UK Property: Slough, Luton and other towns near London see highest increase in prices
Foreign property investors have been blamed for pushing up house prices, particularly prime properties in London and the South EastReuters

The proportion of overseas-based landlords who own homes across Britain has slumped to a seven-year low, said the country's largest letting agent.

Countrywide - which lets 90,000 properties - said just 5% of British properties now have overseas owners, compared with 12% in 2010.

Foreign investors have previously been blamed for pushing up house prices, particularly prime properties in London and the South East. Prime properties are defined as homes priced at £1m ($1.3m) and above.

But now overseas landlords have been put off by higher tax bills and lower expectations of house price growth in the capital, which until recently had boomed for several years.

One in 20, or 5%, of homes let in Britain is owned by overseas landlords, according to data from the letting agent.

This is the lowest proportion on its records going back to 2010, when overseas landlords owned one in eight, or 12%, of let properties.

Across the country, London still has the biggest concentrations of overseas-based landlords, accounting for around one in 10, or 11%, of let homes there in 2017.

However, the capital has seen a particular drop-off in the proportion of overseas landlords. According to Countrywide's data, in 2010, more than one in four, or 26%, of properties were owned by landlords based overseas.

Brexit did not attract buyers

The biggest fall in foreign ownership in London has been amongst Europeans. In 2010 they made up 39% of foreign investors, but they now account for 28%.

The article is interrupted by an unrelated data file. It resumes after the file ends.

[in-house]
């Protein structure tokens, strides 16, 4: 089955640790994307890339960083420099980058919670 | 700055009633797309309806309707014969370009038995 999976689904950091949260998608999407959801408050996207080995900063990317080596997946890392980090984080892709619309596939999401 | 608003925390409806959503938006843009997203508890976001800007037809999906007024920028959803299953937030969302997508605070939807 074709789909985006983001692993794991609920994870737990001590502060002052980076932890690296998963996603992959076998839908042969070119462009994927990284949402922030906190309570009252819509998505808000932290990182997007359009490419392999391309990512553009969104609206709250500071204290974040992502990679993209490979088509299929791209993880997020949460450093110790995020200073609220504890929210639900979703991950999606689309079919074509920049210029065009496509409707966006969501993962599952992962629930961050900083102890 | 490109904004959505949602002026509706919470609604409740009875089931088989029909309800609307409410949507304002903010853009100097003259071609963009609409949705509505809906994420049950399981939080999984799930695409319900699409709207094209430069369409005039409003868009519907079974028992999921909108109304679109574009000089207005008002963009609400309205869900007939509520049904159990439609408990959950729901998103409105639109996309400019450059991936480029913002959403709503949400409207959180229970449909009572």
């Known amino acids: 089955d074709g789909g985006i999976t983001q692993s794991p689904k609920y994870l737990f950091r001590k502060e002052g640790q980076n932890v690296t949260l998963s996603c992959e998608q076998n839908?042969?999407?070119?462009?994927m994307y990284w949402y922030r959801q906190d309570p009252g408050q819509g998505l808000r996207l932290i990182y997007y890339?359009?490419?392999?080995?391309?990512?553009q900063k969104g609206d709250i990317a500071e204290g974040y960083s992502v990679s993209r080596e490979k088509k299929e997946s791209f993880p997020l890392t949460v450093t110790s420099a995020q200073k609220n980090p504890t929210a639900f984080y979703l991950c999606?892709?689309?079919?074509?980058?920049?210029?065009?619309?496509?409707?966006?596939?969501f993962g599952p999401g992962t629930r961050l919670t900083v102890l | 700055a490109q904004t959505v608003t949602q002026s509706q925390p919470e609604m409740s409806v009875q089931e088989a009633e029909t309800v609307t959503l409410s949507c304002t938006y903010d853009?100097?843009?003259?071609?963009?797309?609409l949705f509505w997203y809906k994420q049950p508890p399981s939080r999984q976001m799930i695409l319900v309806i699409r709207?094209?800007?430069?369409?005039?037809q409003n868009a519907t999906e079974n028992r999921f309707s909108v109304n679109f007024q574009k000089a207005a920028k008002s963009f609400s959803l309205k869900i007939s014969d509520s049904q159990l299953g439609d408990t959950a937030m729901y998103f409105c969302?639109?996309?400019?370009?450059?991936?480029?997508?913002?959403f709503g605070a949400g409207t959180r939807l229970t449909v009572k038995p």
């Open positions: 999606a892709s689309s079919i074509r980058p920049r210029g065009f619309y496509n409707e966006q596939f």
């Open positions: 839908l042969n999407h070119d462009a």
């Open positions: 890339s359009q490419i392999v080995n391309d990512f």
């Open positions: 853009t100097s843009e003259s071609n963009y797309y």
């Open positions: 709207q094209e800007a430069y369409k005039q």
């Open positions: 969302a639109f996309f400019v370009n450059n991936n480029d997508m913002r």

Asians, including those from Hong Kong, have taken over as the biggest London buyers.

Following the vote to leave the European Union last June, many had though that falls in sterling would attract more foreign investors – as the price of property in Britain would look more attractive.

However, last year also saw a stamp duty hike for people buying second homes, including buy-to-let investors, among other tax changes for landlords which could potentially eat into their profits.

Investors who already own a property have had to pay a 3% surcharge on stamp duty since April 2016.

And since April 2012, companies buying property in the UK have also been liable for the annual tax on enveloped dwellings. Overseas-based landlords have also seen the removal of capital gains tax exemptions in 2015.

Recent house price studies have shown a slowdown in the growth in property values in London, which had previously been driving the market with strong price increases. In recent months, other major regional cities such as Manchester have been powering ahead.

Johnny Morris, research director at Countrywide, said: "The growth of the private rented sector since 2010 has not been driven by overseas investors.

"A steady increase in foreign investors' tax bills combined with more recent falling expectations of price growth in London has led to a decline in foreign investment in buy-to-let."